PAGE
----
The Rock Chick universe is one of my happy places. I’m so utterly thrilled that we finally got Darius and Malia’s story.
Darius and Malia were high school sweethearts who found themselves separated by tragedy. They were it, the real deal, in it to win it and set to beat all the odds as soulmates in love.
But then Darius' father died. And Darius found himself out of good choices and confronted with only one path forward to save his family and himself—so he buried his grief under layers of pain and moved forward in the only way available to him at the time.
That way forward did not include Malia. Which was a huge problem for her, because even with the heartbreak of losing Darius, Malia had a bigger fish to fry: she was pregnant.
As the years go by and Malia raises their son alone—but not truly alone--the two of them collide over and over, trying their best to see their love story bear fruit despite all the obstacles in their way.
Rock Chick Rematch is the story of Darius and Malia. It's a story of endurance, pain, endless love, patience, and hope. And it was perfect for me.
Kristen Ashley said that Malia wouldn't let her leave this story untold, and I can totally see that. Malia's been waiting a good long time for her happy ending. And it was TIME! And in true Malia fashion, she was going to make it happen.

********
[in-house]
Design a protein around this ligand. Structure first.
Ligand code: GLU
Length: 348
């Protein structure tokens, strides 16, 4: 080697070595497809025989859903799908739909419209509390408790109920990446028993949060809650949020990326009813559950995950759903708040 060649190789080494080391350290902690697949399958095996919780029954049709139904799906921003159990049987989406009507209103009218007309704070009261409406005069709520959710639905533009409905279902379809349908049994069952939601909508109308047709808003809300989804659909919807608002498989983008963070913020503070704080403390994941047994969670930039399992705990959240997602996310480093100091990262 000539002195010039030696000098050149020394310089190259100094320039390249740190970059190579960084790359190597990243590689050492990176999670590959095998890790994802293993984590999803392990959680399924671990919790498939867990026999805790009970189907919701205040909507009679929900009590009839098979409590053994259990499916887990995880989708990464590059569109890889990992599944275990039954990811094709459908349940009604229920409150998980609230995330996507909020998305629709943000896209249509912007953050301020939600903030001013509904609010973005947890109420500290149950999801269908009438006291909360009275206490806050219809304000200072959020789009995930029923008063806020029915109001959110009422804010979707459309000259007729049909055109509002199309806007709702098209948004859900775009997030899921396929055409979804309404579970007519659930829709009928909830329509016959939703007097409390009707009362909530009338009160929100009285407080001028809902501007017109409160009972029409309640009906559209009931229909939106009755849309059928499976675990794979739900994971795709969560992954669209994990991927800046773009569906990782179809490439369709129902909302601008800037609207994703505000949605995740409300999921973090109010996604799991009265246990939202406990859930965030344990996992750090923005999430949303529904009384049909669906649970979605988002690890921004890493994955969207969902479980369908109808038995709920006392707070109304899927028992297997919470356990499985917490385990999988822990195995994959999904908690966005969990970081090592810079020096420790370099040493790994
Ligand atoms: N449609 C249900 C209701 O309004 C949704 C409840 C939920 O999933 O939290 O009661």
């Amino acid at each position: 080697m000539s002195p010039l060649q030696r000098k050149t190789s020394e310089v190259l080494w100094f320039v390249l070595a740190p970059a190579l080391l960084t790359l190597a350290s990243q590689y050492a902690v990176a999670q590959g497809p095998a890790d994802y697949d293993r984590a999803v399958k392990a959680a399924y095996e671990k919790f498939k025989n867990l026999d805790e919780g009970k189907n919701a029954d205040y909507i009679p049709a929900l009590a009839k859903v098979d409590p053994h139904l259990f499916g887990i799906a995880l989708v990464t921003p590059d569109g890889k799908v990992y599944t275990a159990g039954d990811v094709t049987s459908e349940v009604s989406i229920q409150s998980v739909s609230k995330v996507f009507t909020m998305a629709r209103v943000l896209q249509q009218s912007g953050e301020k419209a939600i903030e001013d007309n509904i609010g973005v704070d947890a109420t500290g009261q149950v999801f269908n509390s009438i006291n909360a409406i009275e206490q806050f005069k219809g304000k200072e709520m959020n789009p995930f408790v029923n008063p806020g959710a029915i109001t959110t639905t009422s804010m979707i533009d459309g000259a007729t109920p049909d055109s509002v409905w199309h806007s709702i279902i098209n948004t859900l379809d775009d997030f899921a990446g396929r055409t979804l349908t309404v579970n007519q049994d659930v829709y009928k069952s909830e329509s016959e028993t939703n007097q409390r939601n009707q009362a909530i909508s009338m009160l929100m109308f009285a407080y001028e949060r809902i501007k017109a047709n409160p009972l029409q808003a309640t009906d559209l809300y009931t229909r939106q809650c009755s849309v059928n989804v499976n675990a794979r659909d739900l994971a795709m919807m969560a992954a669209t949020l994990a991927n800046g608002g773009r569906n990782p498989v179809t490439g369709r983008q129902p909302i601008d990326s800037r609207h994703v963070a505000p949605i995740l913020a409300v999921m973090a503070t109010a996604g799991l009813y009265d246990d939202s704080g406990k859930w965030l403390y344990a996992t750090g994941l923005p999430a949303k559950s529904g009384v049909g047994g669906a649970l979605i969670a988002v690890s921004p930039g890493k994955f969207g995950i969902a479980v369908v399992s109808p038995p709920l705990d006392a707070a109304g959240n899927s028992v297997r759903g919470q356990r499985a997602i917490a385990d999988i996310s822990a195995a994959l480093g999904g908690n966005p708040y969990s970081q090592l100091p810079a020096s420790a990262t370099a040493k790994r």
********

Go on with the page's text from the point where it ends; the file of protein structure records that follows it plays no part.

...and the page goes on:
Seeing the cameos from earlier Rock Chick books in the series was such a fun time. I loved learning about new people, I loved seeing our old friends. Stepping into Fortnum's (the local bookstore/coffee shop) and hanging out with the group was so heartwarming to me—a Rock Chick fan who has waited a long time for a new story in the world.
I recommend new readers start with the beginning: Rock Chick . This novella is perfect for existing fans of the series, but I'll be the first to admit that it's not the best entry point for brand-new readers. I think it's accessible to all, but a ton of context and supplemental backstory from the series is the core of this novella so new readers might miss out on the action.
Thanks, KA, for this latest entry to my happy place. I'll be here waiting for the next one...
Thank you to the author for my copy in exchange for an honest review.
A super-sexy, witchy-vibe revamp of Romeo & Juliet for the moody romance girlies. Come for the vibes, stay for the drama!
By Any Other Name follows the story of Etta Capulet, the only daughter of the Capulet witch dynasty in the town of Stratford, Massachusetts.
In today's world, the witches are still alive and thriving in the Northeast, but they're hidden in old money neighborhoods and hiding in plain sight as the movers and shakers of the American money and political landscape.
Etta is on the threshold of pledging herself as an adult witch in their coven, and with that kind of commitment comes a bunch of strings—including the betrothal to Harrison, a son from one of the other founding eight families in Stratford.
Too bad Etta doesn't care for Harrison. She's too busy looking at Roman Montague, her childhood archnemesis and overall supremely-hot emotionally tortured eye candy.
Etta and Roman have a legacy of obsession, petty childhood dramas, and inescapable chemistry.
And as they find themselves strangled in expectations and political maneuvering nonsense, they find that the only people they can rely on are... each other. Things are about to get interesting. (And steamy.)
I had a great time reading By Any Other Name.